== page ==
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Association between heavy computer users and glaucomatous visual field abnormalities
  1. King-Sai Leung
  1. Correspondence to:
 Dr King-Sai Leung
 The Chinese University of Hong Kong, Hong Kong Eye Hospital, 27B Seymour Road, G/F Hong Kong, China 00-852; ksleunglycos.co.uk

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I congratulate Dr Tatemichi and his team on the interesting study on the possible association between heavy computer use and glaucomatous visual field abnormalities.1 I would like to take this opportunity to share some of my thoughts:

(1) The authors concluded that heavy computer users with refractive errors have an increased risk of FDT-VFA and that glaucoma might be involved. I do not totally agree to this. It has been established that heavy visual task is associated with myopic progression2 and significant myopia is associated with open angle glaucoma (OAG).3,4 But these arguments cannot lead to a sensible inference that heavy visual task is in any association with OAG. The authors have failed to find another underlying mechanism between heavy visual task and glaucoma other than myopia.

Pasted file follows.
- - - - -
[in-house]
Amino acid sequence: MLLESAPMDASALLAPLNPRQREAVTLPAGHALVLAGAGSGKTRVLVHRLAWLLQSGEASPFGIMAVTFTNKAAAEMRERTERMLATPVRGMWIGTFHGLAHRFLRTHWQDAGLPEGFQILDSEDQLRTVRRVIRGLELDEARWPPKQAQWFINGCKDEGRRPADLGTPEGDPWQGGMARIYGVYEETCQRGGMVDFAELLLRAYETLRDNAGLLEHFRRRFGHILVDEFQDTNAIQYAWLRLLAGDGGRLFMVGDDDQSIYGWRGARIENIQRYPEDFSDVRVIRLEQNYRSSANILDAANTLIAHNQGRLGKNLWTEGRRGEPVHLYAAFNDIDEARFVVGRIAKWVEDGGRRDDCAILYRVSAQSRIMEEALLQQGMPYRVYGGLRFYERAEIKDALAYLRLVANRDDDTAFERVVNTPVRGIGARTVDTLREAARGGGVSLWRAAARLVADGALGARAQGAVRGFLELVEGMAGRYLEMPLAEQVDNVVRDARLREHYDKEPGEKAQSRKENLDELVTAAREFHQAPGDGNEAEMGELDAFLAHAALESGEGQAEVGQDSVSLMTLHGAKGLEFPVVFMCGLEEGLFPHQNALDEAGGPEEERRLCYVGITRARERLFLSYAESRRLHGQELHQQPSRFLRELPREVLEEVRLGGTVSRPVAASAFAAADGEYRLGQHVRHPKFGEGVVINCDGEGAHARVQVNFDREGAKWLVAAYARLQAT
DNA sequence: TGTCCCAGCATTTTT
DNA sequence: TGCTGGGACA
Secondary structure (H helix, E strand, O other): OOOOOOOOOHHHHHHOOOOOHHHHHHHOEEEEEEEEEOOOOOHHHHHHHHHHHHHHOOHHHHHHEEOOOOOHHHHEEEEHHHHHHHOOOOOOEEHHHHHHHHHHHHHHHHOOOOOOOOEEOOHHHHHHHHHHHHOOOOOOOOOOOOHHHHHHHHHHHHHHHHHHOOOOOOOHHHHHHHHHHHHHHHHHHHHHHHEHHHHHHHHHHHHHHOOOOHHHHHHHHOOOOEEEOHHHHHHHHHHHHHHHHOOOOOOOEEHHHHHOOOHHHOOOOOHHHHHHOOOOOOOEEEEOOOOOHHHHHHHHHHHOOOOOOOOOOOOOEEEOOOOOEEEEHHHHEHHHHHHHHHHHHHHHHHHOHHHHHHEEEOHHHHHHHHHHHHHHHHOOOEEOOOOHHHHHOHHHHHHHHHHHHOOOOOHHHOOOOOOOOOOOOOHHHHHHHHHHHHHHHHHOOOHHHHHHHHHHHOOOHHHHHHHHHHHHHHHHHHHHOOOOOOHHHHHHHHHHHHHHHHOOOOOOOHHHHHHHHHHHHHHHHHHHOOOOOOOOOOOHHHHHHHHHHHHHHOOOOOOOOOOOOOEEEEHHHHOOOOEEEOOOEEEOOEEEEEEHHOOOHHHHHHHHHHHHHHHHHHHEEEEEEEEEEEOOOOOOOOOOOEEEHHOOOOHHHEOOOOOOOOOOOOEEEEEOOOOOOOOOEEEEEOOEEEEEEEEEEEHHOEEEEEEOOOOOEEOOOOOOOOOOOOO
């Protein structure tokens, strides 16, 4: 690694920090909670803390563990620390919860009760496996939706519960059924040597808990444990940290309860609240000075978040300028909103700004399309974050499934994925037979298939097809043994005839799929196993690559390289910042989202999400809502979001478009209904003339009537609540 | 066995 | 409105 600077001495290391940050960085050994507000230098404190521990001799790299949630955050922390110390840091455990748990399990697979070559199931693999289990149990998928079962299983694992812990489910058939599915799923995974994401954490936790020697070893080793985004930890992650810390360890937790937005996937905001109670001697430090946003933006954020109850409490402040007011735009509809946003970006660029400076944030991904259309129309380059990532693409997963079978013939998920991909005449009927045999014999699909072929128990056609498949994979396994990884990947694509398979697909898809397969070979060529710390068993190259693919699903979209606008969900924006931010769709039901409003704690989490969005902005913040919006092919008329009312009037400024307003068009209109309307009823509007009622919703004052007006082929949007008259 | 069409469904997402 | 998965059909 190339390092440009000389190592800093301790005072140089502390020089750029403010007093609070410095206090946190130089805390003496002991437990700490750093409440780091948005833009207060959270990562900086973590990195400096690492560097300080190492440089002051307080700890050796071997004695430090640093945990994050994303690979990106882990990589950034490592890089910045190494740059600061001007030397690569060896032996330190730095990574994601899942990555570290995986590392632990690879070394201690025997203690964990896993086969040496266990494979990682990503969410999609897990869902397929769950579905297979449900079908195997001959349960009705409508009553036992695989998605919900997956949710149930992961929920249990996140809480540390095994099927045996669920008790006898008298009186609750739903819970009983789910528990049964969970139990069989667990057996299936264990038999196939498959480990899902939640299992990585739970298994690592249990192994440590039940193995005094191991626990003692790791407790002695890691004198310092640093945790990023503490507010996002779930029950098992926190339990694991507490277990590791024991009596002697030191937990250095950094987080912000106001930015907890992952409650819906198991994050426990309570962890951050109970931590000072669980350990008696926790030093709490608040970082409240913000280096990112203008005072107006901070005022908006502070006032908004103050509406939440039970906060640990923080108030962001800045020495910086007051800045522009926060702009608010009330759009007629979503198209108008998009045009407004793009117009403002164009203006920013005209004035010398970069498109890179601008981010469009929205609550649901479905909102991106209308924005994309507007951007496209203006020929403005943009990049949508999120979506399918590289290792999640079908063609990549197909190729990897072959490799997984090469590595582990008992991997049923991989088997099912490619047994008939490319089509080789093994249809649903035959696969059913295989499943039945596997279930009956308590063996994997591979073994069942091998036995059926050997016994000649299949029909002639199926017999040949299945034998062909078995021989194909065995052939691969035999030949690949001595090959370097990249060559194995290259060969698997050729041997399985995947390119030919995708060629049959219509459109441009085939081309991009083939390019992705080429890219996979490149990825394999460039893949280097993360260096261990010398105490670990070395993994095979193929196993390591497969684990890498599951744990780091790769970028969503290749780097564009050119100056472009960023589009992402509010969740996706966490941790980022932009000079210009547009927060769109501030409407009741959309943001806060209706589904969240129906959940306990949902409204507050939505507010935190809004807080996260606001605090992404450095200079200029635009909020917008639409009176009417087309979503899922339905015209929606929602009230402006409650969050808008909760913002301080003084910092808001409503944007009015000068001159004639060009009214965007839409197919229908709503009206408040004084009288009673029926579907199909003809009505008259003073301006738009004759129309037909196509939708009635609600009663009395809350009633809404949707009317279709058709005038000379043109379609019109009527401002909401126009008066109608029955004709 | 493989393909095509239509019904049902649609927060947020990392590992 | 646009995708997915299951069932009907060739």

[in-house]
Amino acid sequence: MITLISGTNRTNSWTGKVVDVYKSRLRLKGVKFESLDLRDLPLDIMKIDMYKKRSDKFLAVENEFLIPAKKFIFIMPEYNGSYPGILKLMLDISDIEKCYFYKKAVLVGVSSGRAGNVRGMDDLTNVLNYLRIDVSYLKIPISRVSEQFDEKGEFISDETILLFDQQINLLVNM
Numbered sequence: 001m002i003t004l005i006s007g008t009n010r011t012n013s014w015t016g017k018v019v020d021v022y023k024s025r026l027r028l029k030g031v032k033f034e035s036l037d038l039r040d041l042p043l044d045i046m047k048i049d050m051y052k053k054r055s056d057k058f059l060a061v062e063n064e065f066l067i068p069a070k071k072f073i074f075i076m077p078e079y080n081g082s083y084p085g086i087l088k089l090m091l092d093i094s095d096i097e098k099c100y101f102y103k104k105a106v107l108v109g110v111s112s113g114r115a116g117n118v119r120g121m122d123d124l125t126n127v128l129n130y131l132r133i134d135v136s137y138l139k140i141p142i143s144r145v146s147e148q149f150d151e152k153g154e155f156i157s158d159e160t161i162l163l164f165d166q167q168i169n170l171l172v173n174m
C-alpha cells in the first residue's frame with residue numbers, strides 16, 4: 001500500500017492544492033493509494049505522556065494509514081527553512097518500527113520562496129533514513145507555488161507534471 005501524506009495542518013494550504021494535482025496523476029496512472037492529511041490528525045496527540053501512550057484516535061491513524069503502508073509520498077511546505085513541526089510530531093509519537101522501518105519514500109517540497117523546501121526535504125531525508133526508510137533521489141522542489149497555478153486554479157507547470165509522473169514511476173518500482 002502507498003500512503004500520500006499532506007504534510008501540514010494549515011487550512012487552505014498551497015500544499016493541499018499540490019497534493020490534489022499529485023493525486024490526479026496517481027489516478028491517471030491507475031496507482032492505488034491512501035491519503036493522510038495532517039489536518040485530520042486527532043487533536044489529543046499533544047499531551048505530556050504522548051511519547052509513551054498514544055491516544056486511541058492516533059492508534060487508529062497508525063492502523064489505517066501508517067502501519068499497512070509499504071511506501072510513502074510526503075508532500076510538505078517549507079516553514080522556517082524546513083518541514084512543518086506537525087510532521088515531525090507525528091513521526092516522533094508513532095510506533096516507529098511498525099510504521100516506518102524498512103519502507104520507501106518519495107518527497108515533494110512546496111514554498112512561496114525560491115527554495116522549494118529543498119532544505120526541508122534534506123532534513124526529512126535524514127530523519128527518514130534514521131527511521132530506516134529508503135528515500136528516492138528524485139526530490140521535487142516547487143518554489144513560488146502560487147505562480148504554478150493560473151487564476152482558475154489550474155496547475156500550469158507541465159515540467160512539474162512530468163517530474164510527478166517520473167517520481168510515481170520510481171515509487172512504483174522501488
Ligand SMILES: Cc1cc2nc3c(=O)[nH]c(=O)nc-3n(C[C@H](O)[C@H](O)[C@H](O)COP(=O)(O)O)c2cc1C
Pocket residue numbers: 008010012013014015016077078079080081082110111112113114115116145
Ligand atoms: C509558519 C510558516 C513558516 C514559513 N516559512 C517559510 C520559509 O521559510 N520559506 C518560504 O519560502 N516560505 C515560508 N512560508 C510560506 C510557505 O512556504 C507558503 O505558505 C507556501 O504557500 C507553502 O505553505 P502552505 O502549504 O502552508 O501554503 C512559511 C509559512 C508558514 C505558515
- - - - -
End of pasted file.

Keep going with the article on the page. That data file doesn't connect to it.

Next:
(2) Several limitations have been mentioned in this study, namely the limitations of a cross sectional study, possible bias towards male, myopia, normal tension glaucoma, and the significant data loss during investigation. The diagnosis of glaucoma requires confirmation of progression of visual field abnormality. Hence, of these limitations, this cross sectional study does not command full recognition.

(3) The stratification of hours of computer use into light/moderate/heavy sufferers formed the pitfall of oversimplification and coarse statistical analysis. The actual hours of visual demanding task should be computed instead.

(4) The study has only concentrated on Japanese people. In other words, the comparatively high rate of glaucoma may merely be a reflection of the underlying epidemiological properties of the population at interest.5 The association between visual task and glaucoma may be another of “bystander effect”.

Dr Tatemichi’s paper has certainly been an insightful manuscript. As our world is becoming more and more computer dependent, it is important to understand any health issues related to such development. The postulation on the correlation of glaucoma and computer use needs to be further investigated. Further proof may be established by carefully planned longitudinal studies on susceptible workers.

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